Not content with hiking our income taxes, some state legislators want to hike TV taxes in Illinois. Yes, TV taxes. There truly is no end to Springfield’s madness.
Specifically, subscribers to satellite TV would face a new 5 percent tax on their service, costing Illinois consumers roughly $75 million a year.
The state Senate passed the measure in May, and the bill, House Bill 5440, could be taken up by the House before the next General Assembly is sworn in on Jan. 9, 2013. You can see how individualsenators voted on the TV tax (see page 12).
The folks pushing the tax hike – namely, the cable industry – claim this is an attempt to require “parity” between different providers of television services. Cable is stuck with hefty franchise fees, while satellite doesn’t have a similar burden (indeed, satellite doesn’t use local rights of way like cable does).
I offered testimony on the issue of satellite taxes versus cable franchise fees to the U.S. Congress in 2008, when I made following the point:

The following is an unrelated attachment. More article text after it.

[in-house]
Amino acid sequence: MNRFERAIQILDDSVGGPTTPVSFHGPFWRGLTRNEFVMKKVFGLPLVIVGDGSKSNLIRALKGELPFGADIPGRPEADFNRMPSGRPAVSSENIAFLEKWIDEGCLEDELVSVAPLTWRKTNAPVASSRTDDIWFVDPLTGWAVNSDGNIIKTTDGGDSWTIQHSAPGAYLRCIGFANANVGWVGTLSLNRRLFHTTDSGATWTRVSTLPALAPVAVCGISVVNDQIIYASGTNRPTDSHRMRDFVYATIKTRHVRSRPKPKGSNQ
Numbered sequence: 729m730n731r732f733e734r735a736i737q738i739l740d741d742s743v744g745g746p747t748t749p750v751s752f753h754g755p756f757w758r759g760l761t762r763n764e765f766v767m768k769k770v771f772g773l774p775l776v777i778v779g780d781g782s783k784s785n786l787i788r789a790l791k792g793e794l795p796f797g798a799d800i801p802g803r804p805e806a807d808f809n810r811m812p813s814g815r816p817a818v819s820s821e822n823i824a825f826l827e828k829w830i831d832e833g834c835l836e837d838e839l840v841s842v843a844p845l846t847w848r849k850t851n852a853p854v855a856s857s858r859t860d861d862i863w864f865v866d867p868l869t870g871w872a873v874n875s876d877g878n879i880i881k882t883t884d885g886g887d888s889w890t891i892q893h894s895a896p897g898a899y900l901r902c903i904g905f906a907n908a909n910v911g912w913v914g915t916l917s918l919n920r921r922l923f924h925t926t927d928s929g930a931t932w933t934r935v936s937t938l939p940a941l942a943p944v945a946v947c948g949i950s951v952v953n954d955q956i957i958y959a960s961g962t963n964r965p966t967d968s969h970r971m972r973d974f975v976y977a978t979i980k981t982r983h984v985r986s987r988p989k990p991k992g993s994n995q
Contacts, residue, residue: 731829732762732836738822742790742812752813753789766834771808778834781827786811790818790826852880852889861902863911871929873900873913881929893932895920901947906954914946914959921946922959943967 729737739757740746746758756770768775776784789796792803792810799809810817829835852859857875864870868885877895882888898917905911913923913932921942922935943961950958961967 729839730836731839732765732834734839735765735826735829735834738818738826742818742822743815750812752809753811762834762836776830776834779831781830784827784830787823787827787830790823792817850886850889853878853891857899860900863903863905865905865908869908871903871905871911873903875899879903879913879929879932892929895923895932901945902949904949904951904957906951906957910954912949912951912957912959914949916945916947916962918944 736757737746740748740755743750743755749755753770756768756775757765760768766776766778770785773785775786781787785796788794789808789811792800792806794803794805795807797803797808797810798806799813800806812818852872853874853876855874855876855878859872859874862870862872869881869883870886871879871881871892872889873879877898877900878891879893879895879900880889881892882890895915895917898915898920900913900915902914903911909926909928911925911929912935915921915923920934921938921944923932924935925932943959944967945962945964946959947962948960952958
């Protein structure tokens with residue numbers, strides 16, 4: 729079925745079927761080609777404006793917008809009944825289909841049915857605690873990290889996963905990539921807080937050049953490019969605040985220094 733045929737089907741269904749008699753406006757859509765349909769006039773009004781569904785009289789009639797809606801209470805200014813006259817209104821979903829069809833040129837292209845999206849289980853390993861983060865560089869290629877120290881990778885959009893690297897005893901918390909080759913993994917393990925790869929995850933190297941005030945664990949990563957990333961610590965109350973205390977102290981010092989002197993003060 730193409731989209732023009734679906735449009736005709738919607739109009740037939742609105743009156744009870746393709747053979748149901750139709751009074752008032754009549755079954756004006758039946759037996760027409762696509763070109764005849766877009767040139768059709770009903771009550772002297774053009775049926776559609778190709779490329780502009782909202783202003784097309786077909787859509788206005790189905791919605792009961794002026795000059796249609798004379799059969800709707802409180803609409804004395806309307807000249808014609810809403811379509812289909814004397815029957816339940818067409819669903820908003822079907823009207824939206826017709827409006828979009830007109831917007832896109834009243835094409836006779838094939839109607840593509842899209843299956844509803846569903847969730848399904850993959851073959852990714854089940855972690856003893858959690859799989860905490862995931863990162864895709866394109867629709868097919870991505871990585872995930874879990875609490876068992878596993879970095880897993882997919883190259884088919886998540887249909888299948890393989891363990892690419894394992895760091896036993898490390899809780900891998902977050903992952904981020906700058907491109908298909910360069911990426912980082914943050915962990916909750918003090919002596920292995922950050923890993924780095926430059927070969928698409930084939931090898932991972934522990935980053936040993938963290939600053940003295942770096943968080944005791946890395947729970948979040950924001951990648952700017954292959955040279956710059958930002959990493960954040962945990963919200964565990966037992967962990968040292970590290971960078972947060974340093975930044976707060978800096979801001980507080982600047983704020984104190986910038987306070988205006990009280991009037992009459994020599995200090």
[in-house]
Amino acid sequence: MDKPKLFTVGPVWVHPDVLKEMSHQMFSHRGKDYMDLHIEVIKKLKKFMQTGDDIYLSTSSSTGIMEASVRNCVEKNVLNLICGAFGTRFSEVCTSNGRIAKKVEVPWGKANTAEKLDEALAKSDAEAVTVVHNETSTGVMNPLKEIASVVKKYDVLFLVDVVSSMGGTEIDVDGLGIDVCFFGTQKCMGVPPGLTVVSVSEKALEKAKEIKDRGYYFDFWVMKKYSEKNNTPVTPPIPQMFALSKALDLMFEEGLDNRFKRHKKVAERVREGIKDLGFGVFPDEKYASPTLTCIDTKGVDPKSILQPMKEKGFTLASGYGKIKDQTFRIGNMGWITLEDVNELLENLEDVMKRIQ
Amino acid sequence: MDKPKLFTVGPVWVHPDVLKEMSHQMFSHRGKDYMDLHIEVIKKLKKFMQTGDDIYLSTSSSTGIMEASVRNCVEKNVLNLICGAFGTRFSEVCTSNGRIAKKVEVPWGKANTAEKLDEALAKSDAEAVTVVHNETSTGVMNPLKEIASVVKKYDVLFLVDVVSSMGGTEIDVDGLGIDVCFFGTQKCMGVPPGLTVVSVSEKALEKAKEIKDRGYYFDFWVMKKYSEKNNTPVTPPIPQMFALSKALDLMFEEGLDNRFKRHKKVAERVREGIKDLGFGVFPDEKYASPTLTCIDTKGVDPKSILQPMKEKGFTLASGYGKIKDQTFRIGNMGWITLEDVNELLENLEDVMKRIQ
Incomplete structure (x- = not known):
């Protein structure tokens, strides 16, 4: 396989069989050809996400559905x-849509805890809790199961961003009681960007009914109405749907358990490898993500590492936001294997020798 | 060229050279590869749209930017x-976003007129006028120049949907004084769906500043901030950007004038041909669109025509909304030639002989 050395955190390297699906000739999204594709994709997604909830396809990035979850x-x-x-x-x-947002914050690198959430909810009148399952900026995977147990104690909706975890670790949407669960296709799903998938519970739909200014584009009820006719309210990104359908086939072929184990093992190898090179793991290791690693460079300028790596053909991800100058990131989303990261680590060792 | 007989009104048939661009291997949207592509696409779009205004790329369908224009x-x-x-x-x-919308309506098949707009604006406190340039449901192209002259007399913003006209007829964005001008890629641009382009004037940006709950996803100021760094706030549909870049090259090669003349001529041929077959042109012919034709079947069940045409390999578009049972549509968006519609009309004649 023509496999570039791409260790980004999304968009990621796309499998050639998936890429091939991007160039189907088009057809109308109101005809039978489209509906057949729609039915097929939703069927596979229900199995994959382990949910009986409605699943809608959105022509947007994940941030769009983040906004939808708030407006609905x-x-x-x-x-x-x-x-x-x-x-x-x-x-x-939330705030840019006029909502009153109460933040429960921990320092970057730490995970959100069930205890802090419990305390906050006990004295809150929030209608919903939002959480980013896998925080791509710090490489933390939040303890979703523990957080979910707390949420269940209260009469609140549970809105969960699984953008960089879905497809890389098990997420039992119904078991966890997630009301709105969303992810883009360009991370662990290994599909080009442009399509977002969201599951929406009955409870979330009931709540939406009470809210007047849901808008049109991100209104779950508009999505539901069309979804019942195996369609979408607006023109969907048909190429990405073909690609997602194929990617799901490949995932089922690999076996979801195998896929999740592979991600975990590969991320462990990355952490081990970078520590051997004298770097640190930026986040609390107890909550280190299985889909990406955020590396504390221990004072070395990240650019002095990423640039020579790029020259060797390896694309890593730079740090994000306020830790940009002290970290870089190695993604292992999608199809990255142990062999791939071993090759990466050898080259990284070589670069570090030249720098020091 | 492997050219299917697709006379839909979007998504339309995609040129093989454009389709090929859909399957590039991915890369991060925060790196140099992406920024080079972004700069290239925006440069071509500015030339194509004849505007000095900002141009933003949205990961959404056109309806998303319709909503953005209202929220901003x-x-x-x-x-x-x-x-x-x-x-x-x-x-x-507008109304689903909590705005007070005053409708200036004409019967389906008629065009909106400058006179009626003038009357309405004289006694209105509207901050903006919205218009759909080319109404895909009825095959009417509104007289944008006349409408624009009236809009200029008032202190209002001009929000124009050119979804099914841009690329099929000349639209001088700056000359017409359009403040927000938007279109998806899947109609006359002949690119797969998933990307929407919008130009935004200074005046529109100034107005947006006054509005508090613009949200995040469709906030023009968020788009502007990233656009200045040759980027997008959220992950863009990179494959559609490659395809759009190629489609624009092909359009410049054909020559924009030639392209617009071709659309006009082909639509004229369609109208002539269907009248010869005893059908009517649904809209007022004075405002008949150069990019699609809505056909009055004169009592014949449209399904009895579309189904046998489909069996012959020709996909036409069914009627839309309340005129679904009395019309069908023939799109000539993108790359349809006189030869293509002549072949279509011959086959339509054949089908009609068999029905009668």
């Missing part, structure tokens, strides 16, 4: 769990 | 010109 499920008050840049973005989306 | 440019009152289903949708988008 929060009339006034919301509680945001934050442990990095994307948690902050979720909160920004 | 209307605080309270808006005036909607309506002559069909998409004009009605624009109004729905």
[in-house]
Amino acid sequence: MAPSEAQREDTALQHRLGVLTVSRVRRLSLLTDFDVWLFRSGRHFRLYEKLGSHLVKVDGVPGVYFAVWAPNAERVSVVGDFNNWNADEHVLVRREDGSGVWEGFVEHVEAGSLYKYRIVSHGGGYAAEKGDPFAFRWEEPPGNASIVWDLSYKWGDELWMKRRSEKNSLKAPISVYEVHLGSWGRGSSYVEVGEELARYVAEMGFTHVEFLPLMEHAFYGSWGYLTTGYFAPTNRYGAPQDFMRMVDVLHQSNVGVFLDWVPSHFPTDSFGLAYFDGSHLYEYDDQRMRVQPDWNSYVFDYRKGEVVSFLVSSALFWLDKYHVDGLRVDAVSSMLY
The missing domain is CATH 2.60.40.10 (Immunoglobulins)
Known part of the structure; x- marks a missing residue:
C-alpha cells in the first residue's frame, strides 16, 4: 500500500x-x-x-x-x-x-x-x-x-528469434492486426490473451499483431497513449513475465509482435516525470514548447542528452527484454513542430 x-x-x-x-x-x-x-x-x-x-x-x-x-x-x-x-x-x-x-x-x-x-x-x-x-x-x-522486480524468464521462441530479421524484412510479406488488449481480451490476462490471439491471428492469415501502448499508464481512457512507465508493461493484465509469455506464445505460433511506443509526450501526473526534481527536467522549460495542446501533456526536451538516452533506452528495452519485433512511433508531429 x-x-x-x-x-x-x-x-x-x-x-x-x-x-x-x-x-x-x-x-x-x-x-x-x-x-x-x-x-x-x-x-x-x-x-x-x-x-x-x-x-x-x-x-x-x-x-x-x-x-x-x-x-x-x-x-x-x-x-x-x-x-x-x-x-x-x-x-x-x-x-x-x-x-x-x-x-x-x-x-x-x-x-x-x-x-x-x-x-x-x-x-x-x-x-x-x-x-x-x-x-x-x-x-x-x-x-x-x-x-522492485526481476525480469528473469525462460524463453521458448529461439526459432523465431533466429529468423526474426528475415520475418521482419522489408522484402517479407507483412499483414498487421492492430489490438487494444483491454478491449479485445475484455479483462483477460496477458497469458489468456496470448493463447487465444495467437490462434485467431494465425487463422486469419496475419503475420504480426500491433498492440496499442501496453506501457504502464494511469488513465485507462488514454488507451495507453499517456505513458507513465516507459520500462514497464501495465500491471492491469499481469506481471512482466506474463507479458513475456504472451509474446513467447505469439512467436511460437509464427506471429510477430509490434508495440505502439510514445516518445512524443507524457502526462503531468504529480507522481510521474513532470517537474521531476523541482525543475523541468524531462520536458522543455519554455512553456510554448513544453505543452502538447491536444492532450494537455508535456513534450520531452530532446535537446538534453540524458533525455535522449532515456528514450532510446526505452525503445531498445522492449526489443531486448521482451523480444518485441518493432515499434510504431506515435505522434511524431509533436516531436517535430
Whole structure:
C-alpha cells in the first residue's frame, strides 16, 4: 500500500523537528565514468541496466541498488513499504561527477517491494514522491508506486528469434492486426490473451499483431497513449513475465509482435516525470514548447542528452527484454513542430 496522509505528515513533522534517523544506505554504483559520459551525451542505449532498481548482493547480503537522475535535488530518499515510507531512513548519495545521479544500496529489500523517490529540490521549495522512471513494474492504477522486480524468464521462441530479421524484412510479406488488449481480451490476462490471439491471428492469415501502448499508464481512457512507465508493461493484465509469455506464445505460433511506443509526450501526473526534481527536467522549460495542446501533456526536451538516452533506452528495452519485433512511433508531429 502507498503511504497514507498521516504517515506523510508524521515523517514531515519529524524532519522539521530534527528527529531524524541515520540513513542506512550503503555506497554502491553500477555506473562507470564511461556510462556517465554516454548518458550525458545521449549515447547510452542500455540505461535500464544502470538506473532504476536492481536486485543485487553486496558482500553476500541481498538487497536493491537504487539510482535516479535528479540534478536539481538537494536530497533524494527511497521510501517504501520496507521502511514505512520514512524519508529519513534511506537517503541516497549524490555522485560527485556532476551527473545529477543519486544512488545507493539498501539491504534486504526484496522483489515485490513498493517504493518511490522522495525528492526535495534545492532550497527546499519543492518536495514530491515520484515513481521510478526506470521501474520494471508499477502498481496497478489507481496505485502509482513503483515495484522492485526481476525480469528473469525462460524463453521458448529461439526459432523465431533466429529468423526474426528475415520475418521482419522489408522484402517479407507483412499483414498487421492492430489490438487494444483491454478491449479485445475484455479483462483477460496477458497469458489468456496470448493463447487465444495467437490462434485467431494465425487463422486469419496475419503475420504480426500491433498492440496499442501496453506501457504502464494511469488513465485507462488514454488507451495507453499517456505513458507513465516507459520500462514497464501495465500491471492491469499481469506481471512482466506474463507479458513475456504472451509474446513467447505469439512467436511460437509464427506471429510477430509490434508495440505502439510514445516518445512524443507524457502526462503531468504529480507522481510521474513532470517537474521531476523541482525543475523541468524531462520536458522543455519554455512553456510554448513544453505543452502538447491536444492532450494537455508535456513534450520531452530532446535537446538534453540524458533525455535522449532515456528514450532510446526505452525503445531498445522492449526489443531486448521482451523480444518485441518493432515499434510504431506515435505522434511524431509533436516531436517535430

Imagine paying a higher tax rate if you received your salary via direct deposit instead of a check. Or paying taxes on chocolate ice cream but not vanilla. The same thing goes with TV service: Consumers shouldn’t have to pay higher taxes just because they use satellite instead of cable, or vice versa.
I’ve heard cable industry guys say they’d welcome “parity down” (the lowering of their franchise fees) over “parity up” (the raising taxes on satellite), but I’ve yet to see a concerted effort by cable to seriously wage a campaign to lower their franchise fees in Illinois. They’re defaulting to a stick-it-to-their-competitors tax hike, which is a shame for everyone involved.
I’m also not impressed with cable’s shameless ploy to sell the tax hike as being “for the children” by earmarking the money to education. For one, Illinois is spending more per student than ever before while test scores disappoint. Why should satellite TV subscribers see their taxes go up to fund more of the same?
Bottom line: Illinois politicians haven’t earned the right to hike our taxes. They haven’t gotten their spending under control, they haven’t paid down our budget backlog and they haven’t reformed pensions.
Illinois didn’t vote for tax hikes, and politicians have no mandate to engage in more tax-hiking nonsense.